Rachel: The most common criminal cases we see involve unlicensed appraisers or appraiser identity theft. As far as cases against licensed appraisers, indictments are generally based upon misrepresentation of objective details such as the sales price or date of last sale of comparables. Most appraisers that face criminal charges are not recipients of the scheme profits and only receive their standard appraisal fees. I find that law enforcement and prosecutors don’t always understand appraisal methodology and find it challenging to differentiate incompetence from intent in appraisal. But, as I am sure your readers would agree, there are many ways to manipulate an appraised value that fall short of falsifying an objective fact.

Buzz: Tell us a little about the award your blog has been nominated for.

Rachel: The Expert Institute solicited nominations for best legal blogs. They received over 2000 nominations and the sites with the most nominations were selected to compete. It is a user vote based award competition. For me, it is an opportunity to get the word out about the blog. The industry has changed a lot since I started the blog in 2004. As a result of the financial crisis, many professionals left the industry. As the market improves, new professionals and companies are entering – many of whom are not aware of the service and information we provide.   At the same time, fraud is on the upswing. I want to raise awareness in order to keep institutions and professionals from being victimized.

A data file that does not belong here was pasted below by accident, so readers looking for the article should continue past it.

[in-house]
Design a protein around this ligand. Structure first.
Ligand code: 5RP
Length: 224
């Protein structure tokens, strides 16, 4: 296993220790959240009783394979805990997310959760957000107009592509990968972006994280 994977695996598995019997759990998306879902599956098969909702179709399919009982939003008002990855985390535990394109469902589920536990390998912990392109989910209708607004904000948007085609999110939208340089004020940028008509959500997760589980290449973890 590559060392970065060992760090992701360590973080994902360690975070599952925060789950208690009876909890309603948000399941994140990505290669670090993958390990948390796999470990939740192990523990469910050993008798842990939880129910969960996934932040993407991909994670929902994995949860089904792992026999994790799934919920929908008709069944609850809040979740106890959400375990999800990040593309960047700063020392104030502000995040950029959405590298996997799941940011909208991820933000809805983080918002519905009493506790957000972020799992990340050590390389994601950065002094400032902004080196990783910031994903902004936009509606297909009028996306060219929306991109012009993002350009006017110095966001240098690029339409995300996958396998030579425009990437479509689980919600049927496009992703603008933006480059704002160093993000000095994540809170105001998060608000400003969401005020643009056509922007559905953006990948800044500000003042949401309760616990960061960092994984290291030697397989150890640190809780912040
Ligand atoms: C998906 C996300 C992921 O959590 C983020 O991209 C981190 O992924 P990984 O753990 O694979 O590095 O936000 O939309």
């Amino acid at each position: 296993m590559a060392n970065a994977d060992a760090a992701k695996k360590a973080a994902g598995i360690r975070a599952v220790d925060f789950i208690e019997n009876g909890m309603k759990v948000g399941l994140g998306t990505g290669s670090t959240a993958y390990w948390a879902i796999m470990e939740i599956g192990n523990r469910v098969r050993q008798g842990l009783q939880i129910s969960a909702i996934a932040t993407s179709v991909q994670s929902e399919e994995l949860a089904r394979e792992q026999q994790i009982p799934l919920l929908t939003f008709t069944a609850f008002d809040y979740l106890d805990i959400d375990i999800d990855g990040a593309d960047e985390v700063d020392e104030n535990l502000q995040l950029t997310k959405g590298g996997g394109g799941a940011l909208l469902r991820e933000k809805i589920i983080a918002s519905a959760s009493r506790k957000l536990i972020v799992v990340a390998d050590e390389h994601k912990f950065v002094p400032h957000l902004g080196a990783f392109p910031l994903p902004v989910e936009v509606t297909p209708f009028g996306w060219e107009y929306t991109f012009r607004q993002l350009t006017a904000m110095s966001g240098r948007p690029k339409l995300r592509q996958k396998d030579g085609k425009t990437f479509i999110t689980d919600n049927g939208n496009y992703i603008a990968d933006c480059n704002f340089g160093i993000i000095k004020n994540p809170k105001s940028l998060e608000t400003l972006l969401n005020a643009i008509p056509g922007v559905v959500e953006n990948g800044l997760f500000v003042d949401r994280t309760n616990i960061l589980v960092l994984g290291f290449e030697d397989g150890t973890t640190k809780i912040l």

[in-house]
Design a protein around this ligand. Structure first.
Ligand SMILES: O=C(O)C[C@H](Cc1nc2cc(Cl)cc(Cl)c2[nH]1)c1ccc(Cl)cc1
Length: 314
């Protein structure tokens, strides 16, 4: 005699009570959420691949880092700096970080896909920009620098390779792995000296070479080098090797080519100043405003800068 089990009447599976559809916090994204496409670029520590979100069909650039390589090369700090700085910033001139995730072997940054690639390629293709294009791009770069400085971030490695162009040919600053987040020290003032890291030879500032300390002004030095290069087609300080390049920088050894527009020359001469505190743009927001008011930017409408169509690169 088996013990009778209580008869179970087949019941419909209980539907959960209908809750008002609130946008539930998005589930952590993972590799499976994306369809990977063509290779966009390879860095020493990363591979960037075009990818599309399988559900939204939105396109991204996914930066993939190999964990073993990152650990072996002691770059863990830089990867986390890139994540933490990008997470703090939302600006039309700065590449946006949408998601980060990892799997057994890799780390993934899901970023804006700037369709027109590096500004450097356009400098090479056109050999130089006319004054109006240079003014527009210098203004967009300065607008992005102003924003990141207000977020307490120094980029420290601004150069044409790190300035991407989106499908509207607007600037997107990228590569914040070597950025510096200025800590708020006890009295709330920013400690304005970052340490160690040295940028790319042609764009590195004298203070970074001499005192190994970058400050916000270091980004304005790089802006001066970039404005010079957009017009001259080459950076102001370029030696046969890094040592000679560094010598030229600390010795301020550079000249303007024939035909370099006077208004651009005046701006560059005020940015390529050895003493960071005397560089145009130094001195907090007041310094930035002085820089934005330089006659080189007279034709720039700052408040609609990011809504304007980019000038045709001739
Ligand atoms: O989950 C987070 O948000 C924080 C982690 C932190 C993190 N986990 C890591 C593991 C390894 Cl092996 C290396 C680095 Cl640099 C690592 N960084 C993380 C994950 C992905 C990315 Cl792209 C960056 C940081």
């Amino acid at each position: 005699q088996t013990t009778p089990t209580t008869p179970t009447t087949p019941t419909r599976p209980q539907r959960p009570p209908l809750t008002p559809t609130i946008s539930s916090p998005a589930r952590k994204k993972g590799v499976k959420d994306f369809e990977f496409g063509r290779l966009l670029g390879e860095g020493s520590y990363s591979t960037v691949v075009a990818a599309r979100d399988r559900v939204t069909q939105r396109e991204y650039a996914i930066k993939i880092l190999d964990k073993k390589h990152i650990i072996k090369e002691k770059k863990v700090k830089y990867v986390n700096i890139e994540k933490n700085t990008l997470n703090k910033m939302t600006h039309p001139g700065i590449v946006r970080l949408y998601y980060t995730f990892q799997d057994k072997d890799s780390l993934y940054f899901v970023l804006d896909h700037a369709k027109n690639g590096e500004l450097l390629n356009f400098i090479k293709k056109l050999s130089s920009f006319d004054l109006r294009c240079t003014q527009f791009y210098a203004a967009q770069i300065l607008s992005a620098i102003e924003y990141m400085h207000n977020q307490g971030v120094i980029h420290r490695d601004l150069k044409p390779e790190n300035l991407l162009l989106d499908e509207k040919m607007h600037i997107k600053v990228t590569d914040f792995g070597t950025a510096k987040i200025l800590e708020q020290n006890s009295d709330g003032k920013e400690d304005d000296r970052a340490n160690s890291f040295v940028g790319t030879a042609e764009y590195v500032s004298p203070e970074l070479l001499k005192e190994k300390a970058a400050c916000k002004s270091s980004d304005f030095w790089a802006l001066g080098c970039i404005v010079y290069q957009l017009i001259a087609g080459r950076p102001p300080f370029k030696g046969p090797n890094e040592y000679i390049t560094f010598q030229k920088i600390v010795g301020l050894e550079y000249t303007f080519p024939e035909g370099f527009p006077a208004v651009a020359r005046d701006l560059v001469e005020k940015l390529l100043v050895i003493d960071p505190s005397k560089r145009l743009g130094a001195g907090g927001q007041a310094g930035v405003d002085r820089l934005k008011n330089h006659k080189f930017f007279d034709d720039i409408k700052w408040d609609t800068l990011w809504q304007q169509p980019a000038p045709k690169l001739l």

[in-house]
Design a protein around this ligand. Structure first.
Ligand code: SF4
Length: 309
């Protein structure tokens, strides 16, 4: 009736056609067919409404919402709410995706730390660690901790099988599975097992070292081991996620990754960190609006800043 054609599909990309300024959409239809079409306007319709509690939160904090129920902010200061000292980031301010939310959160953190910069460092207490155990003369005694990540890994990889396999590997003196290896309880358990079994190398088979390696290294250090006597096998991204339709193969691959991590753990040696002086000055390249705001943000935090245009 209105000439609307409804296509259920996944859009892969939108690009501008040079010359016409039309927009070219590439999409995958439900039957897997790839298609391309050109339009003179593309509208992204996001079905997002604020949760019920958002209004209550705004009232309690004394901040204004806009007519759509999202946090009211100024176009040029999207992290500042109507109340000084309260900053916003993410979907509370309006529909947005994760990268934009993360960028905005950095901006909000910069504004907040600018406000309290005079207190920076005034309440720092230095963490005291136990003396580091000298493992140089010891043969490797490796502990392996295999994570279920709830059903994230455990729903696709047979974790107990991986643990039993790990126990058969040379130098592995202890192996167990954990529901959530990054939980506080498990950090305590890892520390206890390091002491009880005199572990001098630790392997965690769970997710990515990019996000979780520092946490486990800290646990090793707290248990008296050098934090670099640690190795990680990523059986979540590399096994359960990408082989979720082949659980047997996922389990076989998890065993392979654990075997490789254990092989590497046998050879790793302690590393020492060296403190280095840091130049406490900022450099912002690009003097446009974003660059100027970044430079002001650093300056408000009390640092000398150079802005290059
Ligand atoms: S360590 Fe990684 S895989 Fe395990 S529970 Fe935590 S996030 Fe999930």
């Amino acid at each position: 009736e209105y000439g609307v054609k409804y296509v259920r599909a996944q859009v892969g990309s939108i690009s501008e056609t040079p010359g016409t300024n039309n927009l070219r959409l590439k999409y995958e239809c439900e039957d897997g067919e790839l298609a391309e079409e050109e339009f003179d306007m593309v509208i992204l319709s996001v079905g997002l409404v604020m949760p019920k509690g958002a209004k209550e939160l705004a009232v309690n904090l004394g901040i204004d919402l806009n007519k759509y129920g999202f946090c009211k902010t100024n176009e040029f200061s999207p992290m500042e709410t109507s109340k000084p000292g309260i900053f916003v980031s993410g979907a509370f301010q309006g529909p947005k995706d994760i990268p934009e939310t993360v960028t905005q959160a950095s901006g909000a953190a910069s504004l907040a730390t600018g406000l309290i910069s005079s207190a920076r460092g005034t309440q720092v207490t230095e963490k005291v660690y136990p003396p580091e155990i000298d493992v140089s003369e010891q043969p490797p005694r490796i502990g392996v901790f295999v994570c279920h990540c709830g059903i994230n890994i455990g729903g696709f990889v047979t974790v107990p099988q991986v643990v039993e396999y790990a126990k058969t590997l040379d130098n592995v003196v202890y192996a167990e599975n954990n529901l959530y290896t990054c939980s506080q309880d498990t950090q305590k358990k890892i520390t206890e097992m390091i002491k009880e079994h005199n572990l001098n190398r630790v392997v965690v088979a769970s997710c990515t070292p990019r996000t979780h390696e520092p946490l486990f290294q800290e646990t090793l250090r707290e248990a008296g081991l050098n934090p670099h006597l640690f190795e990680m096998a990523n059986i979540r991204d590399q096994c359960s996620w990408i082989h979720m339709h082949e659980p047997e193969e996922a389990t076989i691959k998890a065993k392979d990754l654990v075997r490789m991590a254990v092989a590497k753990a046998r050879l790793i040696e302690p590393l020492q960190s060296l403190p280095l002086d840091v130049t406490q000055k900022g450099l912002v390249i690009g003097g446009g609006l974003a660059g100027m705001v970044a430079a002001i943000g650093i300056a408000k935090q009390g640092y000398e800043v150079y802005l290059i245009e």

Buzz: For the Appraisal Buzz readers who may not be familiar with your blog yet, what makes Mortgage Fraud Blog stand out?

Rachel: The site carries nationwide news on mortgage fraud cases. The site has a single focus and we don’t go off topic. We post every business day and have been doing so for over a decade. The website is an educational resource as well as a business tool. Joan Trice jokingly refers to the site as the “perp walk.” I often get emails from industry players who run across the names of former associates or are glad to see bad players, with whom they had personal experience, brought to account.

Buzz: Rachel thank you so much for speaking with us today, congratulations on your nomination and, good luck!

Click here to read the Mortgage Fraud Blog and click here to vote for Rachel for “Best Commercial Litigation Blog.”

Have any comments or would you like to submit content of your own? Email comments@appraisalbuzz.com.

 

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2 comments

  1. Although this doesn’t fall under mortgage fraud, is everyone aware of the BOA staff appraiser class action settlement reached earlier this month? BOA misclassified its staff appraisers and have in essence not been paying overtime for years. If you dig deeper like I have (spoke to representing lawyers office), you’ll find that some 350 appraisers will on average receive settlement checks for $64,000 EACH. In states like CA with longer statue of limitations and higher volume/gross sales, each staff appraiser could be well above $100,000. There is evil and greed everywhere, and with this settlement, it might just be the lender/client/AMC that is the guilty party.